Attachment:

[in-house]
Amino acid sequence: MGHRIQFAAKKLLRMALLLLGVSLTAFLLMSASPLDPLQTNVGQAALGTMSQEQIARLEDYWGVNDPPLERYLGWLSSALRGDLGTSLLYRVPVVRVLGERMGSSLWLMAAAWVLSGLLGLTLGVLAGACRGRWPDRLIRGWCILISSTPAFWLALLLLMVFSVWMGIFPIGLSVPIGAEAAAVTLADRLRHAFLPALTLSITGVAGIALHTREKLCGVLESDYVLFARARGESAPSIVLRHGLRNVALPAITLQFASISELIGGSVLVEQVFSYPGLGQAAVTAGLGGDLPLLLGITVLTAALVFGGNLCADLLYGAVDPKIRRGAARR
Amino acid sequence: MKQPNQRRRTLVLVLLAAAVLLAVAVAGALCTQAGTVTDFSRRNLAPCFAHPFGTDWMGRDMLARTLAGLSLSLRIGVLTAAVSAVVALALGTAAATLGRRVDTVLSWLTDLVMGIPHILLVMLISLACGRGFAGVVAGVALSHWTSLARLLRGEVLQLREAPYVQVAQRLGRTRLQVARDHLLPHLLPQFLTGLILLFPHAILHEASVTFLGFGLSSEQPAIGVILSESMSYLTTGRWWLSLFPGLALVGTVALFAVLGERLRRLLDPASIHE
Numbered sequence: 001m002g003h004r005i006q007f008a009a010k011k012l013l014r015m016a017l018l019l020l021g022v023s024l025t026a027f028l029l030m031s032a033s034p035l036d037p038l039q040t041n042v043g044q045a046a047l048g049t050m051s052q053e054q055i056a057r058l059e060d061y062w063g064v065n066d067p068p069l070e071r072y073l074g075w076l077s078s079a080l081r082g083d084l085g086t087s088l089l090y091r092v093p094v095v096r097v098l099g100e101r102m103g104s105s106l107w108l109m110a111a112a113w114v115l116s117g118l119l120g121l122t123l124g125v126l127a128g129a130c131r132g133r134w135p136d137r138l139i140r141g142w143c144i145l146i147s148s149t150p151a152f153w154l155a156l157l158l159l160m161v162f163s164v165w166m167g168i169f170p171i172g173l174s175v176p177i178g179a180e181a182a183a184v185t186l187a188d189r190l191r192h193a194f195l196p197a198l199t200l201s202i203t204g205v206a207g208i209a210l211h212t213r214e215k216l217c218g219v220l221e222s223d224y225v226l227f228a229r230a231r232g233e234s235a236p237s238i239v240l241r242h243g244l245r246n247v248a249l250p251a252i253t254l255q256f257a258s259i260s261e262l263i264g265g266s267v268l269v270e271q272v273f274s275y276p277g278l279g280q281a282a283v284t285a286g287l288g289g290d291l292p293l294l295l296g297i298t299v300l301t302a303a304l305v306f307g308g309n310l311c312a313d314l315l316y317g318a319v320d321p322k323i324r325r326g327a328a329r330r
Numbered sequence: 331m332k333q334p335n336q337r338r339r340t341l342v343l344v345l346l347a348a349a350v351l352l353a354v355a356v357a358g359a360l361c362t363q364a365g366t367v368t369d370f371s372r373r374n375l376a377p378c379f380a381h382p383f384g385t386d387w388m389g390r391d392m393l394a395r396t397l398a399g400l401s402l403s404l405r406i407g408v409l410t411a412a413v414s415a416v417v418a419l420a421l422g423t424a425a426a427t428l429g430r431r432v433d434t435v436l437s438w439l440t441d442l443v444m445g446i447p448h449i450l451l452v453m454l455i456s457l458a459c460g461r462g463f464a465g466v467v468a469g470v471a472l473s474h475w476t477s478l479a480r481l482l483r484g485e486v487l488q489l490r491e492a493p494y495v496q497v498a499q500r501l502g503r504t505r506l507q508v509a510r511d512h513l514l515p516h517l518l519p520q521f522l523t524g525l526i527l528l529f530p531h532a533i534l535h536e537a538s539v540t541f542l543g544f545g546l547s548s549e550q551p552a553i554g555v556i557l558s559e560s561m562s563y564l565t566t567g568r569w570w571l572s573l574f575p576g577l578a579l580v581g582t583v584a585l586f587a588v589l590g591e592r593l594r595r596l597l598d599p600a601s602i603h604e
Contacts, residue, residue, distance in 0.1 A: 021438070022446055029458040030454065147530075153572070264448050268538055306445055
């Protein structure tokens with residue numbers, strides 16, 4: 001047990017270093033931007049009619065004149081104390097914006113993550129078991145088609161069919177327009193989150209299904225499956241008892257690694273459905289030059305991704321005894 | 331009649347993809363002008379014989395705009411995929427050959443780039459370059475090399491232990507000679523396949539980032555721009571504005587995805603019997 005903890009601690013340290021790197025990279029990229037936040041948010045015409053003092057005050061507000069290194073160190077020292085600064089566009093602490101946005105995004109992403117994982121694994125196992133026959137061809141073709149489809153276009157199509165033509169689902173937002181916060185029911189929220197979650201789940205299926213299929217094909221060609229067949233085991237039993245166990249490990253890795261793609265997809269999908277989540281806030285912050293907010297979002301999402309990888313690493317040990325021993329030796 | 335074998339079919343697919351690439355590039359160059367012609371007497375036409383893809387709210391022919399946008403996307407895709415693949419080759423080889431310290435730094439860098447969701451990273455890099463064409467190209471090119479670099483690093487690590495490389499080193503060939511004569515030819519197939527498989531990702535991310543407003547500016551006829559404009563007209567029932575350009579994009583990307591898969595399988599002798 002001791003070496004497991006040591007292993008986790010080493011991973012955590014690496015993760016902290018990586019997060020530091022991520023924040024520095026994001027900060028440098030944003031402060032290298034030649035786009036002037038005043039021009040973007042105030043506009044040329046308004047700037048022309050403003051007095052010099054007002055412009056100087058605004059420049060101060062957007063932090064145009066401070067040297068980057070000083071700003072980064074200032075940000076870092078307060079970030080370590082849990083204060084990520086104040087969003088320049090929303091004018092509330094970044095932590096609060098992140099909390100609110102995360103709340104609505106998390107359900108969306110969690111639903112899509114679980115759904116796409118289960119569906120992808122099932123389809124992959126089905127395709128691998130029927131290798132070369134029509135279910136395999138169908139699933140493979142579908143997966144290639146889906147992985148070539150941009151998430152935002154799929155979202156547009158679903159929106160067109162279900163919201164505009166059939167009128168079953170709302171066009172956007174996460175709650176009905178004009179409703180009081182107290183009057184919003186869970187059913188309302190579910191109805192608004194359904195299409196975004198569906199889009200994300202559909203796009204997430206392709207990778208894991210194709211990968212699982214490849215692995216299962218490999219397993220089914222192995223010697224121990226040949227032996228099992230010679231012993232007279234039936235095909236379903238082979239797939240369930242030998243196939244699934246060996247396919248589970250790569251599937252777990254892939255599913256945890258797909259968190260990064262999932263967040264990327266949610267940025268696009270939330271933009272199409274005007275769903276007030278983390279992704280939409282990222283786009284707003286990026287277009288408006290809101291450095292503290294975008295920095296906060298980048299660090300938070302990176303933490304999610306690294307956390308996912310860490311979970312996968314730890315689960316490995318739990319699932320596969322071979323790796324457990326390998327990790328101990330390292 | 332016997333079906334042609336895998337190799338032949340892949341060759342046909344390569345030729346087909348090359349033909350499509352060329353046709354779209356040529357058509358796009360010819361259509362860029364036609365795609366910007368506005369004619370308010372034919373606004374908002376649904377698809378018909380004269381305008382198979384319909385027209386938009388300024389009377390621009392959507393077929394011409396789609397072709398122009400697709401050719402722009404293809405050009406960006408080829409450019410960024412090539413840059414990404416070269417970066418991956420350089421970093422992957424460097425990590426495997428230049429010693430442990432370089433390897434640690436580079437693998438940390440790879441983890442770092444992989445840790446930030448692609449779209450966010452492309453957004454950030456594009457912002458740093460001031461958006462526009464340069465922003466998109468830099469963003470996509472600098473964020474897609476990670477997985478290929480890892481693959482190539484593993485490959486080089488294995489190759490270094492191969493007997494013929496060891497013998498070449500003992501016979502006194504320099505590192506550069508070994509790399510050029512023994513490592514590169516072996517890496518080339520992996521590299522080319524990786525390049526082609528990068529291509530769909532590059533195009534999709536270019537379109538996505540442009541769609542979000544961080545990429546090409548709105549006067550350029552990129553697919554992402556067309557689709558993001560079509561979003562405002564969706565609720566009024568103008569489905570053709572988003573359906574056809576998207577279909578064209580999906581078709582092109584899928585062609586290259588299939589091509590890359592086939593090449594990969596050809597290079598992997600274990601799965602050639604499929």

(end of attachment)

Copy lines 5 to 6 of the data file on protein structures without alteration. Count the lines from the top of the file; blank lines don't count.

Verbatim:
Numbered sequence: 331m332k333q334p335n336q337r338r339r340t341l342v343l344v345l346l347a348a349a350v351l352l353a354v355a356v357a358g359a360l361c362t363q364a365g366t367v368t369d370f371s372r373r374n375l376a377p378c379f380a381h382p383f384g385t386d387w388m389g390r391d392m393l394a395r396t397l398a399g400l401s402l403s404l405r406i407g408v409l410t411a412a413v414s415a416v417v418a419l420a421l422g423t424a425a426a427t428l429g430r431r432v433d434t435v436l437s438w439l440t441d442l443v444m445g446i447p448h449i450l451l452v453m454l455i456s457l458a459c460g461r462g463f464a465g466v467v468a469g470v471a472l473s474h475w476t477s478l479a480r481l482l483r484g485e486v487l488q489l490r491e492a493p494y495v496q497v498a499q500r501l502g503r504t505r506l507q508v509a510r511d512h513l514l515p516h517l518l519p520q521f522l523t524g525l526i527l528l529f530p531h532a533i534l535h536e537a538s539v540t541f542l543g544f545g546l547s548s549e550q551p552a553i554g555v556i557l558s559e560s561m562s563y564l565t566t567g568r569w570w571l572s573l574f575p576g577l578a579l580v581g582t583v584a585l586f587a588v589l590g591e592r593l594r595r596l597l598d599p600a601s602i603h604e
Contacts, residue, residue, distance in 0.1 A: 021438070022446055029458040030454065147530075153572070264448050268538055306445055